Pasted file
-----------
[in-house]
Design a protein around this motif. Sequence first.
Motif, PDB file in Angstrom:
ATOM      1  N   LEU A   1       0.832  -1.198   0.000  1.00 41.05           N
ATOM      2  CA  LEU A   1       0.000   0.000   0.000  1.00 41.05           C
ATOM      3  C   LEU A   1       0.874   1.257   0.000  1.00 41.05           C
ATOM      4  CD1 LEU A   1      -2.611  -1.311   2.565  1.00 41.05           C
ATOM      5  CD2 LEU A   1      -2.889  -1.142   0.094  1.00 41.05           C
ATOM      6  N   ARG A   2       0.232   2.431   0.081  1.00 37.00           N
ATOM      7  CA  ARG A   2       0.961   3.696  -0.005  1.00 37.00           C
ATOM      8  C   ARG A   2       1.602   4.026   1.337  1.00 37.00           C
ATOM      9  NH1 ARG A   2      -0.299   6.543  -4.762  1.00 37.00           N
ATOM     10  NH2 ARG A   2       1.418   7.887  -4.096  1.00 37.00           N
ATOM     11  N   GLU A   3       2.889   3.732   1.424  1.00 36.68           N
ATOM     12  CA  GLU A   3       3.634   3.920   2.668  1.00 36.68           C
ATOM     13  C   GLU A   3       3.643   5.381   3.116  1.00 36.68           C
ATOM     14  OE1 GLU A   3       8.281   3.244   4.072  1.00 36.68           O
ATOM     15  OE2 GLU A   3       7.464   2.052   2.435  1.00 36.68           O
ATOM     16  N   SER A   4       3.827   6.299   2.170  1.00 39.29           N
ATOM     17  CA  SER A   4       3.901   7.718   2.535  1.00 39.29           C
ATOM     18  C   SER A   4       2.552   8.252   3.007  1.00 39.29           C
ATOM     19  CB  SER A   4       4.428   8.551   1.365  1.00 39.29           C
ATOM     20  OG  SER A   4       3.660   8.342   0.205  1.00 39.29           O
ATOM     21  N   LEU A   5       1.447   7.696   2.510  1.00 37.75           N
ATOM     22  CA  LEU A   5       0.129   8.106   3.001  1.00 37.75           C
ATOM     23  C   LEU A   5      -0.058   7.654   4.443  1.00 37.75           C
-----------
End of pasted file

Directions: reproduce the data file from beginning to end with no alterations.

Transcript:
[in-house]
Design a protein around this motif. Sequence first.
Motif, PDB file in Angstrom:
ATOM      1  N   LEU A   1       0.832  -1.198   0.000  1.00 41.05           N
ATOM      2  CA  LEU A   1       0.000   0.000   0.000  1.00 41.05           C
ATOM      3  C   LEU A   1       0.874   1.257   0.000  1.00 41.05           C
ATOM      4  CD1 LEU A   1      -2.611  -1.311   2.565  1.00 41.05           C
ATOM      5  CD2 LEU A   1      -2.889  -1.142   0.094  1.00 41.05           C
ATOM      6  N   ARG A   2       0.232   2.431   0.081  1.00 37.00           N
ATOM      7  CA  ARG A   2       0.961   3.696  -0.005  1.00 37.00           C
ATOM      8  C   ARG A   2       1.602   4.026   1.337  1.00 37.00           C
ATOM      9  NH1 ARG A   2      -0.299   6.543  -4.762  1.00 37.00           N
ATOM     10  NH2 ARG A   2       1.418   7.887  -4.096  1.00 37.00           N
ATOM     11  N   GLU A   3       2.889   3.732   1.424  1.00 36.68           N
ATOM     12  CA  GLU A   3       3.634   3.920   2.668  1.00 36.68           C
ATOM     13  C   GLU A   3       3.643   5.381   3.116  1.00 36.68           C
ATOM     14  OE1 GLU A   3       8.281   3.244   4.072  1.00 36.68           O
ATOM     15  OE2 GLU A   3       7.464   2.052   2.435  1.00 36.68           O
ATOM     16  N   SER A   4       3.827   6.299   2.170  1.00 39.29           N
ATOM     17  CA  SER A   4       3.901   7.718   2.535  1.00 39.29           C
ATOM     18  C   SER A   4       2.552   8.252   3.007  1.00 39.29           C
ATOM     19  CB  SER A   4       4.428   8.551   1.365  1.00 39.29           C
ATOM     20  OG  SER A   4       3.660   8.342   0.205  1.00 39.29           O
ATOM     21  N   LEU A   5       1.447   7.696   2.510  1.00 37.75           N
ATOM     22  CA  LEU A   5       0.129   8.106   3.001  1.00 37.75           C
ATOM     23  C   LEU A   5      -0.058   7.654   4.443  1.00 37.75           C